For instance, IBM and HP resell Fusion-io's caching software, and have no equivalent offerings of their own. While Fusion-io's market cap of just under $1bn makes it a very unlikely target, caching software startups such as PernixData and Proximal Data are still in the early stages of development and don't carry such hefty price tags.
Cloud and object storage dark horses
So far, there has been little consolidation interest in the object storage space. The last company to make a move here was NetApp when it bought Bycast back in 2010.
However, with many of the new wave of next-generation object storage providers – Cleversafe, Cloudian, Scality, Basho, SwiftStack and Inktank, for example – scoring venture capital in the past year or two, interest in object storage is building, which could tempt acquirers.
Exactly who might be interested in buying here is more difficult to fathom. EMC already has several object storage platforms (Centera, Atmos and the new ViPR software-defined storage platform), NetApp has Bycast, HP recently revamped its StoreAll object storage offering (albeit in a low-key way), IBM has thrown its hat into the OpenStack arena, while Dell has actually backed away from the market.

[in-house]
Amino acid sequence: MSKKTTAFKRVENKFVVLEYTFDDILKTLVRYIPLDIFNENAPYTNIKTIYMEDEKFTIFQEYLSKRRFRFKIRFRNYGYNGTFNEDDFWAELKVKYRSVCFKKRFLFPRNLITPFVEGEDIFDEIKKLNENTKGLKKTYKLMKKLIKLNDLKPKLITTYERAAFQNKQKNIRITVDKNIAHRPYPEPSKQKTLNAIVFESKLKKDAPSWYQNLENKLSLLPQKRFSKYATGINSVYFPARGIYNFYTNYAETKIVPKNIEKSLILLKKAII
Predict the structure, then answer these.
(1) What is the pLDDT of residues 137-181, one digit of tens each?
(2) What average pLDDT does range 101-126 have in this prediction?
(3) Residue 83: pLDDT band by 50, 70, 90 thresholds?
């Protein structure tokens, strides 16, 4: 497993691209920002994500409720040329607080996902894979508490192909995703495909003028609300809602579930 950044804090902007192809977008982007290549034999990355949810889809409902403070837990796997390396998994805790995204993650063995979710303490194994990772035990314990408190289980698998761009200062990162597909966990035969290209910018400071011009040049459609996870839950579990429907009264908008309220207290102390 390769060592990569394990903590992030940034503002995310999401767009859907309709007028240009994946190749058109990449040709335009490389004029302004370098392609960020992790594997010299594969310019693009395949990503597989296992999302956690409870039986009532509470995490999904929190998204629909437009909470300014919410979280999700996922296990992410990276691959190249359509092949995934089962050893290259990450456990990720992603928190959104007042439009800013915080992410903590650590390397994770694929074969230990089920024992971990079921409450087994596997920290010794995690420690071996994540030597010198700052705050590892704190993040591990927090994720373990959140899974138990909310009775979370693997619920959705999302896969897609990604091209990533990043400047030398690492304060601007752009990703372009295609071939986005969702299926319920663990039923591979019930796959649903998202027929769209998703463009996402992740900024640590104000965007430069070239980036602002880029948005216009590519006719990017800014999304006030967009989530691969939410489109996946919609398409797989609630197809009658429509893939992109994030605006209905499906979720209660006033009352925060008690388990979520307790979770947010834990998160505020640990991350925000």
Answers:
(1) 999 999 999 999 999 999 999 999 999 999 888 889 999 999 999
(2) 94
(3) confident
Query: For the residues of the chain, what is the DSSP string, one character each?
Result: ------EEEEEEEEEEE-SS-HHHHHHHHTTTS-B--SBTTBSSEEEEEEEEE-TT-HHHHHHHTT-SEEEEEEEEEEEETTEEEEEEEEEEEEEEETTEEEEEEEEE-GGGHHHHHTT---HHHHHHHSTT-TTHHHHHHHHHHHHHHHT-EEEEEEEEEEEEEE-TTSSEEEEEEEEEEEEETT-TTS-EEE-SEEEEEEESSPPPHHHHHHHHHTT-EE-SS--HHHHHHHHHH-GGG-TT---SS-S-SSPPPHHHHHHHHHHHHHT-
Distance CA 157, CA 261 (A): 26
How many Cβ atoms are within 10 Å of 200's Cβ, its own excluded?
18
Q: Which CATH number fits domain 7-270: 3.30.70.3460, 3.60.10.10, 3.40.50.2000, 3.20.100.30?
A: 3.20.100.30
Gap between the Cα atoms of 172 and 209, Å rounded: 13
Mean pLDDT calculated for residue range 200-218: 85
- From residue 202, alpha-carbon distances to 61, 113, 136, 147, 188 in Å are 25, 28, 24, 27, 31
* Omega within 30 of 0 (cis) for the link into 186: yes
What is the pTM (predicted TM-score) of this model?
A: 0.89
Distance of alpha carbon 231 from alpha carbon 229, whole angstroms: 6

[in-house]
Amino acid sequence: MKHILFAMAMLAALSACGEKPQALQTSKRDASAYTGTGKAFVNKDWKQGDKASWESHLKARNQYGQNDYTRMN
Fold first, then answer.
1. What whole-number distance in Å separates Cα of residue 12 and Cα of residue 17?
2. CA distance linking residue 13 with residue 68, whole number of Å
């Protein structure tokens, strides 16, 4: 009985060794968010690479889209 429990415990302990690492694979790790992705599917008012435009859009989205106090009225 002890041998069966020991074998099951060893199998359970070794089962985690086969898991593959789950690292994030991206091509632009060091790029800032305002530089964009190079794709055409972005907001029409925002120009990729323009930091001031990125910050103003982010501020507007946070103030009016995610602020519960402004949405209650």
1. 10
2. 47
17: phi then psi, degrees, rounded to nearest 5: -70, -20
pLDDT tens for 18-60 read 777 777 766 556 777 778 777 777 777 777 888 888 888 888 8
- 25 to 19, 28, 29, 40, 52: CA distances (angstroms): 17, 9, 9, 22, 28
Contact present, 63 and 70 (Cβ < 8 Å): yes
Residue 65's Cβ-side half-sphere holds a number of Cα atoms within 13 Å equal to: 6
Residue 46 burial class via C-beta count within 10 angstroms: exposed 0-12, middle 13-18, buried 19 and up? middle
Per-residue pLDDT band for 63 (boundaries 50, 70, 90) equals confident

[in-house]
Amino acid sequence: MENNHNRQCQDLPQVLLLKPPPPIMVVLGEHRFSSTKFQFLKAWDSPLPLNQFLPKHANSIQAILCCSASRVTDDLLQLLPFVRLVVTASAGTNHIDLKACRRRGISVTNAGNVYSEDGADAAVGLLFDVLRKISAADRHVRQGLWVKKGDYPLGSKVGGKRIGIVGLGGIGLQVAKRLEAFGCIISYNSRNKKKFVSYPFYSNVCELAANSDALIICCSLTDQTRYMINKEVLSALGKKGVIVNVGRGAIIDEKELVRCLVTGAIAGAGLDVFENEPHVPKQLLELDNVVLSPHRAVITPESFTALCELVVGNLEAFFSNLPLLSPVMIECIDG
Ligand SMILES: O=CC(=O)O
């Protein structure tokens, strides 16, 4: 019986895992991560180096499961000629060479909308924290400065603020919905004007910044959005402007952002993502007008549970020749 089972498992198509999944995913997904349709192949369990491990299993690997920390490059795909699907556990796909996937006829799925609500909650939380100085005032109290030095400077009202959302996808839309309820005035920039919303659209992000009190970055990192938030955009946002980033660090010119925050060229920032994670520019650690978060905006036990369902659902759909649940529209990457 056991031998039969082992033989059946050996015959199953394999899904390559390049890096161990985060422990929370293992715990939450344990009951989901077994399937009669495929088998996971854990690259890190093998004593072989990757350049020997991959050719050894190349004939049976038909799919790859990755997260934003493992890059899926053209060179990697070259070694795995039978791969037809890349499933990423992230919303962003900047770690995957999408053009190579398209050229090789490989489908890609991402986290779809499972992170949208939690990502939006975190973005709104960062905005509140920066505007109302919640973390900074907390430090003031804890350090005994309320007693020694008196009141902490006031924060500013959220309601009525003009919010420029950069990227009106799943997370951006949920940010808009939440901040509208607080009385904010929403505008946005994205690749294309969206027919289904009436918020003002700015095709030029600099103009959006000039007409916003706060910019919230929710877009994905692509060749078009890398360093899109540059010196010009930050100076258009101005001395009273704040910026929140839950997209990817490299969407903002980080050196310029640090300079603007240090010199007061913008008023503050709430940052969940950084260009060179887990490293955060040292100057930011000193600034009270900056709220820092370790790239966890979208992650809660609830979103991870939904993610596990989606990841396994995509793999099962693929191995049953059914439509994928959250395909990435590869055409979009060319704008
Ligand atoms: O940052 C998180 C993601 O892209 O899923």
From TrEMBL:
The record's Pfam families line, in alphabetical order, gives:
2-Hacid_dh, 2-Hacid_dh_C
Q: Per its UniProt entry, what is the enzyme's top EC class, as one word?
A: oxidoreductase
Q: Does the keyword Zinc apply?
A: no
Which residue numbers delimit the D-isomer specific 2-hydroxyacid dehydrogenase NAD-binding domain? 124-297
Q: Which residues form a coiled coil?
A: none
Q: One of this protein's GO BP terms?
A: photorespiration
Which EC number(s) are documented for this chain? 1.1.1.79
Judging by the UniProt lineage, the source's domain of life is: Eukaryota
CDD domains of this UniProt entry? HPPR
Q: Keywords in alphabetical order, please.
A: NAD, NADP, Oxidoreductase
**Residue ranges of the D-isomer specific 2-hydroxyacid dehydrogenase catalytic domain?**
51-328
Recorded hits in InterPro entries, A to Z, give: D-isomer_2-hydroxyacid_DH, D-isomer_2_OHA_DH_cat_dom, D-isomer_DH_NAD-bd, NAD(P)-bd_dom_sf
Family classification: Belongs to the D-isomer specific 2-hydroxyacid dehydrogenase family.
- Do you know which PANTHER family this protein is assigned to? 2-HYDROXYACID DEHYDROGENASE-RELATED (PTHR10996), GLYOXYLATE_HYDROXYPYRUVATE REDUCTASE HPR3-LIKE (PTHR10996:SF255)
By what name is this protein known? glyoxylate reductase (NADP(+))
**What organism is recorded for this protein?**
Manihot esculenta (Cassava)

Instead, other types of suitors might move in. One example could be Seagate, which is already looking to build a more vertically integrated approach in selling to cloud providers via its pending acquisition of Xyratex. Seagate is also aiming to simplify object storage implementations via its Kinetic initiative, although its focus so far is on drive-level innovation.
One factor for any potential acquirer is to what degree the open source movement – not only OpenStack Swift, but also Ceph – is going to dominate, or disrupt, the market. For this reason, we anticipate that potential buyers could sit on the M&A sidelines in 2014 as they monitor developments before committing to any deals.
Overall, then, we expect storage M&A to carry along the same path it has been on for the past couple of years. We think the storage giants will be fairly quiet again, with a focus on smaller, tactical deals.
We might actually see more activity on the IPO front, as a number of flash-centric players look to follow in Nimble’s footsteps. And, of course, a mega-acquisition always remains a possibility in this market.
Whatever happens, it’s sure to be another interesting year for M&A in storageland.
Simon Robinson is vice-president, storage, at 451 Research.